SENIOR STAFF WRITER
THE government is considering reopening the Zimbabwe Stock Exchange (ZSE) whose operations were suspended last month as part of efforts to stop the continued slide of the Zimbabwe dollar.
Speaking at the Daily News-sponsored virtual meeting on the post-mortem of the government Mid-term Fiscal Policy Statement on Monday, Finance minister Mthuli Ncube said the ZSE would be reopened in the next few weeks.
“We are waiting for the conclusion of the investigations led by the Financial Intelligence Unit. They should be able to conclude within the next week or two and then we will review that and then decide on the modalities for reopening. It will be reopened for sure. You shouldn’t be worried about that.
“It’s just a matter of going through the paces and receiving reports once the investigations are complete. It should have certain recommendations. We will follow those recommendations. All we are trying to do as a regulator is to intervene in a right way to make sure that there is some discipline in our private sector activities, the government and private sector work as partners to develop our economy,” Ncube said.
Last month, the government suspended the stock exchange with permanent secretary in the Information ministry — Nick Mangwana — saying the ZSE was being used to influence foreign currency trading on the black market.
“Government is in possession of impeccable intelligence which constitutes a prima facie case whereby the phone-based mobile money systems of Zimbabwe are conspiring, with the help of the Zimbabwe Stock Exchange, either deliberately or inadvertently, in illicit activities that are sabotaging the economy,” Mangwana said.
This comes as authorities have accused mobile money transfer platforms and the ZSE of fuelling the rampaging foreign currency black market that has seen the continued plunge of the Zimbabwe dollar — with the recently launched foreign currency auction system failing to tame the amorphous parallel market.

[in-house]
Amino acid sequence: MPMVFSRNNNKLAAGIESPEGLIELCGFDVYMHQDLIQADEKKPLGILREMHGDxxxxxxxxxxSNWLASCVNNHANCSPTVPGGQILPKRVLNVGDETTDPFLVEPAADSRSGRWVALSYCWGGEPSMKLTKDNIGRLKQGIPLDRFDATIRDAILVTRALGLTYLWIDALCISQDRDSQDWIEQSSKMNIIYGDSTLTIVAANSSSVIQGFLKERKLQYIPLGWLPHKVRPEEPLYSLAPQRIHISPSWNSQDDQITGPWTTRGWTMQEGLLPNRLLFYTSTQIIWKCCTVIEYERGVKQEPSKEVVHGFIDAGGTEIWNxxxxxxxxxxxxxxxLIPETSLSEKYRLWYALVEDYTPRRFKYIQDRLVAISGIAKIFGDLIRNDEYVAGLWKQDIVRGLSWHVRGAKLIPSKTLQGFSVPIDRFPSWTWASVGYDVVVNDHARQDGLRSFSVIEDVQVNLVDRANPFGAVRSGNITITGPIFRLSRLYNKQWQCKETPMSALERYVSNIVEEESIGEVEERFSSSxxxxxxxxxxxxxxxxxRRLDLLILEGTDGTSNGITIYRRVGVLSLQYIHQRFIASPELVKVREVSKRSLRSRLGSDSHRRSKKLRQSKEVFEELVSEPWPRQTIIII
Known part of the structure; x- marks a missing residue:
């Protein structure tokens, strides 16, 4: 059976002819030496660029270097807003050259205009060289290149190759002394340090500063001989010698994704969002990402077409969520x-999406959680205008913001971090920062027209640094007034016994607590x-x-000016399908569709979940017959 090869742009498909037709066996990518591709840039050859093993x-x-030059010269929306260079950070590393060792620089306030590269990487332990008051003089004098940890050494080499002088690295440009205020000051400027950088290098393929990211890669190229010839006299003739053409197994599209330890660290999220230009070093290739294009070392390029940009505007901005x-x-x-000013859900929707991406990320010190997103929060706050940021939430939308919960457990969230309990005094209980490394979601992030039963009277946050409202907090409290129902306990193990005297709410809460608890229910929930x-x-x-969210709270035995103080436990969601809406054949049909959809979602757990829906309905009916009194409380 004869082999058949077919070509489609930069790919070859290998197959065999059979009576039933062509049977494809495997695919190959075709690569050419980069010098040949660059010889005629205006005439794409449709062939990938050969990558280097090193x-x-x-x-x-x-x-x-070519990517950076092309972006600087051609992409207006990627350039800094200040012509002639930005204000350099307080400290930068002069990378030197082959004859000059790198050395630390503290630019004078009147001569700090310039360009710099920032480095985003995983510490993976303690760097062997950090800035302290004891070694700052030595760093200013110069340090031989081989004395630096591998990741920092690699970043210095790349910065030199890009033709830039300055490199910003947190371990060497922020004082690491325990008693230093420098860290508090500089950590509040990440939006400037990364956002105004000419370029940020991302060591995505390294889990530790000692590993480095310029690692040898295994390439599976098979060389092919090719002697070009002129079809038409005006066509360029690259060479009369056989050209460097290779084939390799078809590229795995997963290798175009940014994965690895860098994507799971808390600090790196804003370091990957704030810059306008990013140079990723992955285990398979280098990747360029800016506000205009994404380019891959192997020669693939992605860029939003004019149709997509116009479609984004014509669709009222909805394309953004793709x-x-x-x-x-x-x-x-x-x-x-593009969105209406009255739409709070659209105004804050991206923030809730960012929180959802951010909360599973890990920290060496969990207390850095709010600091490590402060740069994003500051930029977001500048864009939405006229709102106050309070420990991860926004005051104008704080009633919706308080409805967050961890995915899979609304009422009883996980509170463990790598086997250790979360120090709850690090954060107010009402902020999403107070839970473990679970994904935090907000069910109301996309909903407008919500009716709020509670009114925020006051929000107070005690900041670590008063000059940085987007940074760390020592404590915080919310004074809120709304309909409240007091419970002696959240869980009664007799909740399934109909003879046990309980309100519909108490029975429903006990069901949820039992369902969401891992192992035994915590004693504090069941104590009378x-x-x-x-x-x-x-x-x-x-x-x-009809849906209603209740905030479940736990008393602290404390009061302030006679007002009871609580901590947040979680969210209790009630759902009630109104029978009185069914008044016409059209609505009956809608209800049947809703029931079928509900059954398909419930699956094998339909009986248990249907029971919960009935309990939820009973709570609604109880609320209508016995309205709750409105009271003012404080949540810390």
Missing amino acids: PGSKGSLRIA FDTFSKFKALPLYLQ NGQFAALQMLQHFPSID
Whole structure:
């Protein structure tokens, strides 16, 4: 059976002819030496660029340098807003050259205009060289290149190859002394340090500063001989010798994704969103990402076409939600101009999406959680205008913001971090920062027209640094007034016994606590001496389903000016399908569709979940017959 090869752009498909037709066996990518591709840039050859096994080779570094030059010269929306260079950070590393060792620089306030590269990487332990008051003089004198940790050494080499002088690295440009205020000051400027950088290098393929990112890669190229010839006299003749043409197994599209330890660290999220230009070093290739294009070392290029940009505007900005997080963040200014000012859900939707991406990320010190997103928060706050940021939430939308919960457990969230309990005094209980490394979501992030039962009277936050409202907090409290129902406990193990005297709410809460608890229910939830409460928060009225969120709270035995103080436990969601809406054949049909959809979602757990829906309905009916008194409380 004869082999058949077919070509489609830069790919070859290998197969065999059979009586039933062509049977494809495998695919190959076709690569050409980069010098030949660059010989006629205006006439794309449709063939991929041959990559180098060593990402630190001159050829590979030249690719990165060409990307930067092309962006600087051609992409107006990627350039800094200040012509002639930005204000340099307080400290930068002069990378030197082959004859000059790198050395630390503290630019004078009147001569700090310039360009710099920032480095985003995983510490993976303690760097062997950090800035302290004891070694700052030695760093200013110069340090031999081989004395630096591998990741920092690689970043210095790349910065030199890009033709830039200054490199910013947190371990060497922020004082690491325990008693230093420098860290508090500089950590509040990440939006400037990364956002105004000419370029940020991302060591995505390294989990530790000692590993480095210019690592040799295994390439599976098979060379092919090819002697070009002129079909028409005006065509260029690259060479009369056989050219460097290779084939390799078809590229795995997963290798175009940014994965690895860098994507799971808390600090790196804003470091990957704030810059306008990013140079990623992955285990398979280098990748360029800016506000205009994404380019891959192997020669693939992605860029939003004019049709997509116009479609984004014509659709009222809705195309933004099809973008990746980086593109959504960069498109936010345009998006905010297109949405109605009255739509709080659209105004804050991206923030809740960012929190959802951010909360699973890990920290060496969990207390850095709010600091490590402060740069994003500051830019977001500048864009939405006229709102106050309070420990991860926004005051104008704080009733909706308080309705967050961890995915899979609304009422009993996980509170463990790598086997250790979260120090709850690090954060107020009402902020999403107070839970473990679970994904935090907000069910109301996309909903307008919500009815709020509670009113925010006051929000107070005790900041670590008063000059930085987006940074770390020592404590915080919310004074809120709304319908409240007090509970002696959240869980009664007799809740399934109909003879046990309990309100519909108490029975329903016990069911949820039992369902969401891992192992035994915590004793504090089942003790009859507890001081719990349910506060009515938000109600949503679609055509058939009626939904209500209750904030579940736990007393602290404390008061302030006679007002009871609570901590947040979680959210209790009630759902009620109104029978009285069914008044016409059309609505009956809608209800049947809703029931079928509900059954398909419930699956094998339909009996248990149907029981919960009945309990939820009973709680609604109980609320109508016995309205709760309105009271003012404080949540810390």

The government moved — through the government gazette — to make it mandatory for every money transmission provider and mobile banking provider to be connected to a national payment switch, as directed by the Reserve Bank of Zimbabwe (RBZ).
“For purposes of connecting to the national payment switch in terms of subsection (1), every money transmission provider and mobile banking provider shall install, deploy or commission such infrastructure and connection protocols, credentials and documentation necessary to enable integration with any recognised payment system in terms of the National Payment System Act [Chapter 24:23],” it adds.
The gazette also says every money transmission provider and mobile banking provider shall open and maintain a bank account that is designated exclusively for mobile banking services, and ensure that no money is transmitted or retained on the payment system without a corresponding correct bank balance.
The gazette further says every money transmission and mobile banking provider should ensure that no money is transmitted or retained on the payment system without a corresponding correct bank balance, and should submit periodic returns to the RBZ.